Management of strictures related to pancreaticobiliary disease continues to be an area of exploration and opportunity for treating both malignant and benign disease. Dilation and stenting of strictures helps patients maintain nutrition often while undergoing neoadjuvent treatment. This web page is intended to provide an venue to share clinical data, case studies and perspectives on biliary stenting from experts in the field to educate other physicians interested in advanced pancreaticobiliary disease management.
Presentations on Biliary Stricture Management
Dr. Costamagna and Dr. Bruno discuss the one-year and three-year results of a large, multi-center trial to assess the efficacy of using fully covered metal stents in benign biliary strictures due to chronic pancreatitis.
Five Gastroenterologists discuss their experiences treating strictures due to chronic pancreatitis, including the effectiveness of fully covered biliary metal stents.
In this presentation, Dr. Christer Staël von Holstein discusses various types of treatment for benign esophageal strictures, including dilation and stenting options.
Dr. Paul Tarnasky presents an overview of benign biliary strictures due to chronic pancreatitis as well as treatment options and clinical data.
Set-up and Use Tutorials
This video provides a step-by-step tutorial on the set up and deployment of the Epic Biliary Stent System.
The CRE SteriFlate Disposable Inflation Device is designed to inflate and deflate balloon dilatation catheters while monitoring and displaying inflation pressure. This video provides a step-by-step tutorial for the set-up and use of the inflation device.
The Alliance II Integrated Inflation & Lithotripsy Device is used to inflate balloon dilatation catheters. This video provides a step-by-step tutorial for the set-up and use of the inflation device.
Patient History The patient was a 75 year old woman diagnosed with cholangiocarcinoma in the CBD 1-1/2 years prior.
Dr. Kowalski provides a step-by-step demonstration of set-up and deployment of a WallFlex Biliary RX Stent.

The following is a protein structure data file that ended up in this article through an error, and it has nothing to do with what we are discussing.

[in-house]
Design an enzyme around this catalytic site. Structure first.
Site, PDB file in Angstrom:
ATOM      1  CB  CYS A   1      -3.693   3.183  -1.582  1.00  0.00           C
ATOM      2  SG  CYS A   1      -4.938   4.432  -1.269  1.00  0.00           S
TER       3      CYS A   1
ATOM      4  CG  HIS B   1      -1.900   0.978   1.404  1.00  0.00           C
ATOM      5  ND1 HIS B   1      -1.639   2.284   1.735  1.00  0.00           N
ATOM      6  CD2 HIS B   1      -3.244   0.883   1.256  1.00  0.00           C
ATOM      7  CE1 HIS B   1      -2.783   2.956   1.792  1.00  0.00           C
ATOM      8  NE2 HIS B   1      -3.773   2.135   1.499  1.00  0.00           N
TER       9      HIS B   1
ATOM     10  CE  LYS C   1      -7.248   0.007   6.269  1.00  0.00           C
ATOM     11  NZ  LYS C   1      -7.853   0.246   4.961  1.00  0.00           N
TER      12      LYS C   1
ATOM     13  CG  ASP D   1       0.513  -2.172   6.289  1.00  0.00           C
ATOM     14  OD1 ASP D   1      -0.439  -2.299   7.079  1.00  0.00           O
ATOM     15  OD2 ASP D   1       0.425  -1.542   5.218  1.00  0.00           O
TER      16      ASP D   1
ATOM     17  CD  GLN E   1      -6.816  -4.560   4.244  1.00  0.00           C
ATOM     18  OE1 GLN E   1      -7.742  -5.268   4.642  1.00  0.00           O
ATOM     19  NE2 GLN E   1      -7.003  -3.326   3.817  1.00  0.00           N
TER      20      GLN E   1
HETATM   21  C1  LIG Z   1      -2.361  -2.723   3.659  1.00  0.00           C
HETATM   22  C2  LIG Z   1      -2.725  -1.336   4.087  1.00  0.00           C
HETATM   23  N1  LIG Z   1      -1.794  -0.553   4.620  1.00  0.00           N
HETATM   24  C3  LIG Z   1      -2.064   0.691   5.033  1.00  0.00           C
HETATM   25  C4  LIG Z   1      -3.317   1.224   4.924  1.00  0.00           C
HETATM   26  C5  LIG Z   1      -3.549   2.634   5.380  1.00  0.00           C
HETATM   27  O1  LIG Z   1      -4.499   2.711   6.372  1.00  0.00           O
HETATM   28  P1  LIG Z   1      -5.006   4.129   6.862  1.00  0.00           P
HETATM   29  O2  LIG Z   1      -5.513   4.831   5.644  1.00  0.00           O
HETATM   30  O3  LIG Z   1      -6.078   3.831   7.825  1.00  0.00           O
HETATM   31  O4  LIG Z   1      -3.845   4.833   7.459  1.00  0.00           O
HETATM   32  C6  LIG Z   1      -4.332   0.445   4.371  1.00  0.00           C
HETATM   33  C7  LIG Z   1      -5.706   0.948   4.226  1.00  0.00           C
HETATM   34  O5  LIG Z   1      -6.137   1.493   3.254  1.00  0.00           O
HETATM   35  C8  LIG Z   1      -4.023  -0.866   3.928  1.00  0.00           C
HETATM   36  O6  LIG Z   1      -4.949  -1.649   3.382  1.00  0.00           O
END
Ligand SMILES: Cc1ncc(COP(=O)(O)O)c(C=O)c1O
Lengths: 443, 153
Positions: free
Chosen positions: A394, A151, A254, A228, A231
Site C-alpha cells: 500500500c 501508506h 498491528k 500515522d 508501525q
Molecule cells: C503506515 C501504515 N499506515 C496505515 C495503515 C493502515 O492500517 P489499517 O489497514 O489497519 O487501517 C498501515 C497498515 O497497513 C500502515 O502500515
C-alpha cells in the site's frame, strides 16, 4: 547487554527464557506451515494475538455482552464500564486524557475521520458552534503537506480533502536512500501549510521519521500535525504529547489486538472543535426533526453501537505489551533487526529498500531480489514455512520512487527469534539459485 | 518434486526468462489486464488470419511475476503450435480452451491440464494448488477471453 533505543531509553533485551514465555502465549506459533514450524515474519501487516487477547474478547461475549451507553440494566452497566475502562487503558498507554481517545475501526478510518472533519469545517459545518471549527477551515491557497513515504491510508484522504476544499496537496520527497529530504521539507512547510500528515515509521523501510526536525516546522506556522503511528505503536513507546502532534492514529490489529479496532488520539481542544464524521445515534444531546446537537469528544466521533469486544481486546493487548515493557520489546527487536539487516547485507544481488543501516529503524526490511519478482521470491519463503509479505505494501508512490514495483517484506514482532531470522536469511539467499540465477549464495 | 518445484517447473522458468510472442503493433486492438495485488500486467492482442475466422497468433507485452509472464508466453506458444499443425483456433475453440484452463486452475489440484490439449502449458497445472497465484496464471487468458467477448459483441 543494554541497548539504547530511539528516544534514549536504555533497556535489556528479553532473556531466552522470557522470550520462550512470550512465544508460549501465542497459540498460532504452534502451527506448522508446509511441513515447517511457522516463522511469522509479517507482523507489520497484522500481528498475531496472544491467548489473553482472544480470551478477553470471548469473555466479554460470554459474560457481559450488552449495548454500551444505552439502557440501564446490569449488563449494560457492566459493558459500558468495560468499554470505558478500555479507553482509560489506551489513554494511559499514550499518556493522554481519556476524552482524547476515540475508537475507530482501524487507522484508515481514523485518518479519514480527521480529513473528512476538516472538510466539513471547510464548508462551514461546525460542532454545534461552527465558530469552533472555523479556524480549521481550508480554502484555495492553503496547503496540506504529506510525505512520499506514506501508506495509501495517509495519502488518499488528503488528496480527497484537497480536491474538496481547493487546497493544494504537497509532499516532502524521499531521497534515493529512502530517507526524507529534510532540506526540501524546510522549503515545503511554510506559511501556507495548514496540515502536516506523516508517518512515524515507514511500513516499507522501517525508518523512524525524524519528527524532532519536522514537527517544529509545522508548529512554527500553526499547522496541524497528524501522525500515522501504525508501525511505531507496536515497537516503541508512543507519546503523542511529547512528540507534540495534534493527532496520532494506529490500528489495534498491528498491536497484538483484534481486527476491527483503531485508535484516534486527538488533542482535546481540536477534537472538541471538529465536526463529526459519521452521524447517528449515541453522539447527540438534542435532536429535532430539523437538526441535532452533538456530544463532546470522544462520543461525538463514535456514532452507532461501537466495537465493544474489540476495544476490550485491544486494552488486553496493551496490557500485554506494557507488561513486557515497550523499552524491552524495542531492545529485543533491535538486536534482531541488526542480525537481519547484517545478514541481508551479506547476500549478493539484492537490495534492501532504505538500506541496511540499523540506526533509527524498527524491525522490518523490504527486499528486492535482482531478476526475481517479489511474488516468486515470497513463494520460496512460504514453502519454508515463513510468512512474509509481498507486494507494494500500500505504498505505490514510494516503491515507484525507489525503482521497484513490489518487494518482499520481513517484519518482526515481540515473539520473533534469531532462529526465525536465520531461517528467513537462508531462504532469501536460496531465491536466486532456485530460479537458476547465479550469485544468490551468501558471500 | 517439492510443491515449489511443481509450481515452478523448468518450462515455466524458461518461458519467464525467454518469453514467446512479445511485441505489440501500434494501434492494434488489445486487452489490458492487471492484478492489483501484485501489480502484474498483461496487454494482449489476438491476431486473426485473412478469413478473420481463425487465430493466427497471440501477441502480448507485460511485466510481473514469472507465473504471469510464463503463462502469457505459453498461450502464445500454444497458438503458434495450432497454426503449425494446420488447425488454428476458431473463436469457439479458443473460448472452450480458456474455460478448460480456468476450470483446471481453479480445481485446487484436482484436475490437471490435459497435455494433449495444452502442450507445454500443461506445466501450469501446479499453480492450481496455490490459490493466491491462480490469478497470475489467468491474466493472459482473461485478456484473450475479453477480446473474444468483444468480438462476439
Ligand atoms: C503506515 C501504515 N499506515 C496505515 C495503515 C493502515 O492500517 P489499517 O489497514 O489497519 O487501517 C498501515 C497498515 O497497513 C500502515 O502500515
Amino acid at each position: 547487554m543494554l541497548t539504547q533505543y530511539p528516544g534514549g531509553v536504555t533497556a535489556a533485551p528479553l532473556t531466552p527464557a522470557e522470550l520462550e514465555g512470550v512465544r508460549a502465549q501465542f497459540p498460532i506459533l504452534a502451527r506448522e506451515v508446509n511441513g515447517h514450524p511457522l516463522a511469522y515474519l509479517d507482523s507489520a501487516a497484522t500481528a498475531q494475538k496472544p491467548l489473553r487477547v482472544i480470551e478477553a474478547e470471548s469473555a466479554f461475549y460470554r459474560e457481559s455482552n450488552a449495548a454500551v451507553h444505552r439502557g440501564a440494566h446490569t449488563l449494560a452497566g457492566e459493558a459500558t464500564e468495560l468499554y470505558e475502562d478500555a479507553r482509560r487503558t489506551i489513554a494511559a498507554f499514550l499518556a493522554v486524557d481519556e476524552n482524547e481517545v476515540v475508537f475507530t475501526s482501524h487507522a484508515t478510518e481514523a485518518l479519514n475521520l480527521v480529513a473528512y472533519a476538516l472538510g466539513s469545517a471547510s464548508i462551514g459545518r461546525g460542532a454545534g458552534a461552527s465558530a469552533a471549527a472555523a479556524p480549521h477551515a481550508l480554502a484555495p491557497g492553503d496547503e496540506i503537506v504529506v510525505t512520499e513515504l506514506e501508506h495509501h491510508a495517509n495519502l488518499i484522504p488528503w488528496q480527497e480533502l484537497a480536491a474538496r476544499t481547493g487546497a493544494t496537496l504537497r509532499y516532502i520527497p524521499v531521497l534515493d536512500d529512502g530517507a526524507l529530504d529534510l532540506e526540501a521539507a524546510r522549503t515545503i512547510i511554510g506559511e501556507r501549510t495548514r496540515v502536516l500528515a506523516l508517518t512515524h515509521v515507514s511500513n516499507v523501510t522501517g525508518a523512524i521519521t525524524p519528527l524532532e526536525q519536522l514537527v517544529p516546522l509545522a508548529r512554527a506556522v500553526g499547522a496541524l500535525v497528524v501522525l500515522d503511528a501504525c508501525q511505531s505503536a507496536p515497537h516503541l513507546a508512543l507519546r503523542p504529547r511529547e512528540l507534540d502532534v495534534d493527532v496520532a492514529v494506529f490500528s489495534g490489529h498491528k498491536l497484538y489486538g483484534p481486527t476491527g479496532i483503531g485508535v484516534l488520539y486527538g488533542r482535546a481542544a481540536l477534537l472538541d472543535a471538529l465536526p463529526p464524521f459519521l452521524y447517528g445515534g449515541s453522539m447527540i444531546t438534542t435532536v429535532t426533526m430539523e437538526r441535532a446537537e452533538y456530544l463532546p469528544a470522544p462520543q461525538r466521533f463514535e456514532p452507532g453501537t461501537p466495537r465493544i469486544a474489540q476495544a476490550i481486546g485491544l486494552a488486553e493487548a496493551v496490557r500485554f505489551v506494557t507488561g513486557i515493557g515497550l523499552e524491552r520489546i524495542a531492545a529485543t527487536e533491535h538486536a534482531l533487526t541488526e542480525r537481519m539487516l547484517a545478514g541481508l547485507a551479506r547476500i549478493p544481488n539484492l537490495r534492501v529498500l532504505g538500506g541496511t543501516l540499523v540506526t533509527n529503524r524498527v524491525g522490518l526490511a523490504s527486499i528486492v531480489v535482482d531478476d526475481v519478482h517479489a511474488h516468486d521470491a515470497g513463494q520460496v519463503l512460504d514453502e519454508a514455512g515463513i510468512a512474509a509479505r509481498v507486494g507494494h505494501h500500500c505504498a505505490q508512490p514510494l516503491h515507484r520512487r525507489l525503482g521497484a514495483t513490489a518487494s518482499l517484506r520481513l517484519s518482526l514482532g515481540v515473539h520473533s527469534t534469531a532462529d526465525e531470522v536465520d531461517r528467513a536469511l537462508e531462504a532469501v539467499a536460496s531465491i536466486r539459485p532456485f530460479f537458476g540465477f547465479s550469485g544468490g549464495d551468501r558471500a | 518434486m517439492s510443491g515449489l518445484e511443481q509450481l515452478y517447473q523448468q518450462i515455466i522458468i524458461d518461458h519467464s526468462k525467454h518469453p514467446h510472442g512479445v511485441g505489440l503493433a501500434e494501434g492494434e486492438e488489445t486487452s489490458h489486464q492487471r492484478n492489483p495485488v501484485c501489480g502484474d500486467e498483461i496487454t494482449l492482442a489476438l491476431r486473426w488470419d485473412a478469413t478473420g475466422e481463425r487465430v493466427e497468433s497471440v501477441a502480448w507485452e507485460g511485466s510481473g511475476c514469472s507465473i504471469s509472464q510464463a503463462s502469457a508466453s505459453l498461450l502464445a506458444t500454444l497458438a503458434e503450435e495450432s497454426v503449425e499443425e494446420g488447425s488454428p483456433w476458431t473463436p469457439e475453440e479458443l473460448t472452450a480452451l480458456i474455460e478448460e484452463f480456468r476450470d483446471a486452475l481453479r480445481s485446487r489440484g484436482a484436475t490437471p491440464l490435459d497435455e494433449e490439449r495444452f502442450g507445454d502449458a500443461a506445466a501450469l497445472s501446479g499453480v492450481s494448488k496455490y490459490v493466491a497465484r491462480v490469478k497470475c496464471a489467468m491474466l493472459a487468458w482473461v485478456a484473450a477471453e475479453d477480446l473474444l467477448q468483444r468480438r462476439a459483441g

This animation highlights the features of the Advanix Biliary Stent with NaviFlex™ RX Delivery System as well as the steps for placement and deployment.
Warning: The safety and effectiveness of biliary metal stents for use in the vascular system has not been established.
Results from case studies may vary. Results from case studies are not predictive of results in other case studies.
INDICATIONS FOR USE in the United States:
The WallFlex Biliary RX Fully Covered Stent System RMV is indicated for use in the palliative treatment of biliary strictures produced by malignant neoplasms, relief of malignant biliary obstruction prior to surgery and for indwell up to 12 months in the treatment of benign biliary strictures secondary to chronic pancreatitis.
The sale, distribution, and use of the device are restricted to prescription use inaccordance with 21 CFR §801.109
• The WallFlex Biliary RX Fully Covered Stent should not be placed in strictures that cannot be dilated enough to pass the delivery system, in a perforated duct, or in very small intrahepatic ducts.
• The WallFlex Biliary RX Fully Covered Stent System RMV should not be used in patients for whom endoscopic techniques are contraindicated.
Warnings: The safety and effectiveness of the stent has not been established for indwell periods exceeding 12 months. The WallFlex Biliary RX Fully Covered Stent System RMV is for single-use only. The safety and effectiveness of the WallFlex Biliary RX Fully Covered Stent System RMV for use in the vascular system has not been established. The safety and effectiveness of the WallFlex Biliary RX Fully Covered Stent System RMV has not been established in the treatment of benign biliary anastomotic strictures in liver transplant patients and benign biliary post abdominal surgery strictures. Testing of overlapped stents has not been conducted. The stent contains nickel, which may cause an allergic reaction in individuals with nickel sensitivity.
PLEASE REFER TO THE LABELING FOR A MORE COMPLETE LIST OF WARNINGS, PRECAUTIONS AND CONTRAINDICATIONS
ACCESS Magazine Clinical Data Update